Up to about 19 percent more carbon dioxide than previously believed is removed naturally and stored underground between coastal trenches and inland chains of volcanoes, keeping the greenhouse gas from entering the atmosphere, according to a study in the journal Nature.
Surprisingly, subsurface microbes play a role in storing vast amounts of carbon by incorporating it in their biomass and possibly by helping to form calcite, a mineral made of calcium carbonate, Rutgers and other scientists found. Greater knowledge of the long-term impact of volcanoes on carbon dioxide and how it may be buffered by chemical and biological processes is critical for evaluating natural and human impacts on the climate. Carbon dioxide is the major greenhouse gas linked to global warming.
"Our study revealed a new way that tiny microorganisms can have an outsized impact on a large-scale geological process and the Earth's climate," said co-author Donato Giovannelli, a visiting scientist and former post-doc in the Department of Marine and Coastal Sciences at Rutgers University-New Brunswick. He is now at the University of Naples in Italy.
Giovannelli is a principal investigator for the interdisciplinary study, which involves 27 institutions in six nations. Professor Costantino Vetriani in the Department of Marine and Coastal Sciences and Department of Biochemistry and Microbiology in the School of Environmental and Biological Sciences is one of the Rutgers co-authors. The study covers how microbes alter the flow of volatile substances that include carbon, which can change from a solid or liquid to a vapor, in subduction zones. Such zones are where two tectonic plates collide, with the denser plate sinking and moving material from the surface into Earth's interior.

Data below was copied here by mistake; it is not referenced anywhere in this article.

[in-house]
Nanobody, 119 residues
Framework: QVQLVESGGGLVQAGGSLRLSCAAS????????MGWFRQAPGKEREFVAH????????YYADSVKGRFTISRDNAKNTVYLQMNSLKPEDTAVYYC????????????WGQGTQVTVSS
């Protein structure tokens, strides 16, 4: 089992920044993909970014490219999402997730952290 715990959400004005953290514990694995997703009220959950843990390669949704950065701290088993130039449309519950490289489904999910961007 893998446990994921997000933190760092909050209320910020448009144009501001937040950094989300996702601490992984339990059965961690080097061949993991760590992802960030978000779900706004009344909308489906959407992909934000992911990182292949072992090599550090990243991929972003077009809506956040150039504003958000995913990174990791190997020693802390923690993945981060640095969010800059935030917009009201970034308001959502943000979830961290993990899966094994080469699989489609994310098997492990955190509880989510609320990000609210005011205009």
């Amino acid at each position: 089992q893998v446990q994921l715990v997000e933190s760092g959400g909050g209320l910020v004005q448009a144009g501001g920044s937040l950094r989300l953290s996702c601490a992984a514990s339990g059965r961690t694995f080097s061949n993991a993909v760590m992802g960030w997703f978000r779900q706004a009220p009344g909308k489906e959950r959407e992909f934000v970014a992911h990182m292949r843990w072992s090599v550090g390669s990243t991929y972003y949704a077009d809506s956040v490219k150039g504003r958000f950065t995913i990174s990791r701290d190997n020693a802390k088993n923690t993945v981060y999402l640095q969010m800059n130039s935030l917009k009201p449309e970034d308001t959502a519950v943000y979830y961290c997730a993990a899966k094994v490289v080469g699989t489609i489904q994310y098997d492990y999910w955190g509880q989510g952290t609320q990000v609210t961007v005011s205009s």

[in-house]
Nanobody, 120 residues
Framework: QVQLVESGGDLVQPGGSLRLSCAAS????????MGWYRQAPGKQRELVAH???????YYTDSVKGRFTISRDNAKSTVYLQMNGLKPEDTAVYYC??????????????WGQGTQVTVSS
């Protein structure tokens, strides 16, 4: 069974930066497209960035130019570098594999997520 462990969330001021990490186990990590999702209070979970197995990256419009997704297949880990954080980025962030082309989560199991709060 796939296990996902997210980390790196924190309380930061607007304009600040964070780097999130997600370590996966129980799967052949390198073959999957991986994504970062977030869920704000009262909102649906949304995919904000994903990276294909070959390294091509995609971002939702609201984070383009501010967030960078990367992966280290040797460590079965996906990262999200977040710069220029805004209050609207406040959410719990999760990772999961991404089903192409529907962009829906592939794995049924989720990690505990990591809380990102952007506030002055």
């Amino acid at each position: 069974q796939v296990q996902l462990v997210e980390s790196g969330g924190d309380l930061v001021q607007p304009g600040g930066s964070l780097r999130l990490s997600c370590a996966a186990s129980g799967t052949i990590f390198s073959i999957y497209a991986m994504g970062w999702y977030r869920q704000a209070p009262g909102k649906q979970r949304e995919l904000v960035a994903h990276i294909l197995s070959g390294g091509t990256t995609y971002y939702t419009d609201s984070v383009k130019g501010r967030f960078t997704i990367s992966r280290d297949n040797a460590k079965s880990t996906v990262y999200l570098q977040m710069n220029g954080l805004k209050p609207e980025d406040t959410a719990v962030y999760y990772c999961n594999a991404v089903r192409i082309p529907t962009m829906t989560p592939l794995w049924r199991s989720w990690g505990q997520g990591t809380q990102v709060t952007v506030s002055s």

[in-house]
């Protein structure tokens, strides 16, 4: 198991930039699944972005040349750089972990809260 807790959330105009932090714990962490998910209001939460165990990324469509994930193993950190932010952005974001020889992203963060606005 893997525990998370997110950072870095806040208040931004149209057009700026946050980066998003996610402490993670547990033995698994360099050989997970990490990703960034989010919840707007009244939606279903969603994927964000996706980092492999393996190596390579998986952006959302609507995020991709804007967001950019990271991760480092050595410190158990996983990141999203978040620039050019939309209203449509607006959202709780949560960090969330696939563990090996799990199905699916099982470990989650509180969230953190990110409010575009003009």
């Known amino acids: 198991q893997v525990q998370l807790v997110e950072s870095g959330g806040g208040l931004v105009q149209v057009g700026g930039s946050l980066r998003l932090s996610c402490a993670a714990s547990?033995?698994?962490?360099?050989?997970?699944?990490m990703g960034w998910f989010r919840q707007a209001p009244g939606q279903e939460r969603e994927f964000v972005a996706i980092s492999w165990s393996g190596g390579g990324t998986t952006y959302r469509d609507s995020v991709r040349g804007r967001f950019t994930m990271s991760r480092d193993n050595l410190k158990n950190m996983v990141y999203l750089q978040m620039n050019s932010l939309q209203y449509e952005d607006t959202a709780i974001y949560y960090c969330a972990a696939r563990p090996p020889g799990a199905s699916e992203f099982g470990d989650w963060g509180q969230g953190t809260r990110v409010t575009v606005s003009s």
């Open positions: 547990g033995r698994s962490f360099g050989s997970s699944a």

The subduction, or geological process, creates deep-sea trenches and volcanic arcs, or chains of volcanoes, at the boundary of tectonic plates. Examples are in Japan and South and Central America. Arc volcanoes are hot spots for carbon dioxide emissions that re-enter the atmosphere from subducted material, which consists of marine sediment, oceanic crust and mantle rocks, Giovannelli said. The approximately 1,800-mile-thick mantle of semi-solid hot rock lies beneath the Earth's crust.
The Earth's core, mantle and crust account for 90 percent of carbon. The other 10 percent is in the ocean, biosphere and atmosphere. The subduction zone connects the Earth's surface with its interior, and knowing how carbon moves between them is important in understanding one of the key processes on Earth and regulating the climate over tens of millions of years.
The study focused on the Nicoya Peninsula area of Costa Rica. The scientists investigated the area between the trench and the volcanic arc - the so-called forearc. The research reveals that volcanic forearc are a previously unrecognized deep sink for carbon dioxide.
The lead author is Peter Barry from the University of Oxford (currently at the Woods Hole Oceanographic Institution). Rutgers co-authors include Sushmita Patwardhan, who earned a doctorate at Rutgers and is now at the Institute for Systems Biology in Seattle, Washington; and Francesco Smedile, a former Rutgers post-doc now at the National Research Council in Messina, Italy.